Dakari sniffed, there was a stale stench that clung to the stone buildings, a smell that burned his nostrals and made his head swim. The air was heavy, pressing him down, begging him to go forward. His Aunt was upstairs in her room reading a novel she hadn’t been able to put down all day, she surely wouldn’t miss him.
His Aunt had named him Dakari because he was her happiness and joy; the ray of sunshine in their somehow dreary lives. But everything had changed. There was no light in Dakari, only a suffocating darkness. No one welcomed that darkness. He was an outcast, dimmed and forgotten.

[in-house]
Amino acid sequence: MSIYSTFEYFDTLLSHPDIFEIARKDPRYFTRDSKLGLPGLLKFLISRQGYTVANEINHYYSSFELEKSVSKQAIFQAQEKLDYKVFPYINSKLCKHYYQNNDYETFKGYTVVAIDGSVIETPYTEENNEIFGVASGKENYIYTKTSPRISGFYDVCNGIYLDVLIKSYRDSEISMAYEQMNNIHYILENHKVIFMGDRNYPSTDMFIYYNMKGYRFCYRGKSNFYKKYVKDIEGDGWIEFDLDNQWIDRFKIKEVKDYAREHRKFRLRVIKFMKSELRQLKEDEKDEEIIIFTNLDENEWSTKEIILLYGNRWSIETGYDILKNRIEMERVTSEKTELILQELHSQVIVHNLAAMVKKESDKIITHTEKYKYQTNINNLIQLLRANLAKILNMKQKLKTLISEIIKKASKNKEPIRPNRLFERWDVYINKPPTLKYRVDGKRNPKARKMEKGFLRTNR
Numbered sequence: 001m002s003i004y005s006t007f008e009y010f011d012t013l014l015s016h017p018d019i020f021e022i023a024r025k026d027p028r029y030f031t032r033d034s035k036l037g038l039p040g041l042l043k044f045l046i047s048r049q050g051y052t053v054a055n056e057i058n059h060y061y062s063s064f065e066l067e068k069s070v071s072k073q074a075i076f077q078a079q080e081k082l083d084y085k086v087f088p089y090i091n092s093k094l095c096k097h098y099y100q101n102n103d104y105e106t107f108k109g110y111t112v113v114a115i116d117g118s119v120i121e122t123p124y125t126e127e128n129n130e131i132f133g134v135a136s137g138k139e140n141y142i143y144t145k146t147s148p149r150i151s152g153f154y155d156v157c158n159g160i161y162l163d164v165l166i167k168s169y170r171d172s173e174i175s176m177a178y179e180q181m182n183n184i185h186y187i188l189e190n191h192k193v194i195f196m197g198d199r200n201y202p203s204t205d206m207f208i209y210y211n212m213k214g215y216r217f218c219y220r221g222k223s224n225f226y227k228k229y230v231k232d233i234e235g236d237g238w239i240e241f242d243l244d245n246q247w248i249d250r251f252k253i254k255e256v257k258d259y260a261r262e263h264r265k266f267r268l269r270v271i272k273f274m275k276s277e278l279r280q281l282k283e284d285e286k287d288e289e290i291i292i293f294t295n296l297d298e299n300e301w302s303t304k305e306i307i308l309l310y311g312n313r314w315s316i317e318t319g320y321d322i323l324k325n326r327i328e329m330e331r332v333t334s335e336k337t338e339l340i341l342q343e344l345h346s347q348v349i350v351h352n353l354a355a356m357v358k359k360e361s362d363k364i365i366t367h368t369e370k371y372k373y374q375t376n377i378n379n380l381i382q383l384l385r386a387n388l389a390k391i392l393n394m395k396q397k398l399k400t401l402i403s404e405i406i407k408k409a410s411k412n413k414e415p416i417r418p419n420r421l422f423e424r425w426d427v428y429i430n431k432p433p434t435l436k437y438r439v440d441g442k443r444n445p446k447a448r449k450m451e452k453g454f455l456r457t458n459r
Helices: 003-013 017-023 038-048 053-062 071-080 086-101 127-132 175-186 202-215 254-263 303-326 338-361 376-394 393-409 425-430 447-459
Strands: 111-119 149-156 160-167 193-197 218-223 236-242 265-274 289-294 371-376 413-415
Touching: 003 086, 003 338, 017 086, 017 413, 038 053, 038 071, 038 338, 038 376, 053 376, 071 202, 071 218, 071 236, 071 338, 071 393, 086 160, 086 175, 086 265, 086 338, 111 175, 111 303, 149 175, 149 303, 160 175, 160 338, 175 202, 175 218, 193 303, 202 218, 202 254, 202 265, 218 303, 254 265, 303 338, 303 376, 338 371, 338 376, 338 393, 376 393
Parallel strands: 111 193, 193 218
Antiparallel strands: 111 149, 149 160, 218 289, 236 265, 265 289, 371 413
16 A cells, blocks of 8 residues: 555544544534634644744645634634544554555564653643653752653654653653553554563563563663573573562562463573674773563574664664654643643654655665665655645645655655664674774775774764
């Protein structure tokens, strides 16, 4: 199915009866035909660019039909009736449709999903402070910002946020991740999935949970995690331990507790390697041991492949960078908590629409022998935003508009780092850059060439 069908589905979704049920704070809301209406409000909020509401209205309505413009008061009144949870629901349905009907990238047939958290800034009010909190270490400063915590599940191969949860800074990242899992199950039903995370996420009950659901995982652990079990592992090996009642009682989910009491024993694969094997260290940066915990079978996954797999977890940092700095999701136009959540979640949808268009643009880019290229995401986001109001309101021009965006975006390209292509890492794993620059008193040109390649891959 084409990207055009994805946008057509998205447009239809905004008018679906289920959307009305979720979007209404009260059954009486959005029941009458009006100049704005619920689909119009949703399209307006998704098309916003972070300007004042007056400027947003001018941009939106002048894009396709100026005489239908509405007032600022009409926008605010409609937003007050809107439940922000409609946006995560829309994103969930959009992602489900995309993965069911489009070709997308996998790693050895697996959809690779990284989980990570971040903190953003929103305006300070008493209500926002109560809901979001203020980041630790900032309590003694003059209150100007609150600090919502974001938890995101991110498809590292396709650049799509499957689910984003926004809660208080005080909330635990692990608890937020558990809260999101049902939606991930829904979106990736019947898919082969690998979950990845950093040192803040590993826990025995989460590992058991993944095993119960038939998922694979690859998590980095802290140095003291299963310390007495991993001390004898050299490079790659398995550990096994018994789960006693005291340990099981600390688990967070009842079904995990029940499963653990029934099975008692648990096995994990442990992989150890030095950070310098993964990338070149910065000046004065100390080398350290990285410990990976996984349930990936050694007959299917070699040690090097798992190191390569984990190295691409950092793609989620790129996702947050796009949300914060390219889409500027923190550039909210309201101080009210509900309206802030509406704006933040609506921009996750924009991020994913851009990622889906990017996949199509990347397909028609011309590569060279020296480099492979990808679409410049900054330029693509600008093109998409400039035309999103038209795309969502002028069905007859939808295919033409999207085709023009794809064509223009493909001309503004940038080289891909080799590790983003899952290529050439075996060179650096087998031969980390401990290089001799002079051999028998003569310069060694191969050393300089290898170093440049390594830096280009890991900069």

Dakari’s foot thudded heavily against something hard dragging his attention to a roar that had flooded the night, but that his tumultuous thoughts had tuned out. The river was barely visible by the light of his flashlight, the light dancing off the waves of a strong underlying current. He hovered violently at the edge of that water for a moment, muttering under his breath.
“Aunt Amare will be better off without me, everyone will.”
The flashlight flickered as he plunged into the river, the small light dropping from his hands and clanging roughly on the rocky soil. Dakari didn’t kick towards the surface, nor did he fight for the breath that escaped him, letting the current sweep him away. A chilling blackness sank through his skin, soothing the fiery burning in his chest. He didn’t struggle against the bands that slithered around his hands and ankles, dragging him deeper.
“Aunt Amare will be better off without me, everyone will.” Then he was alone in the dark with the red-ember eyes.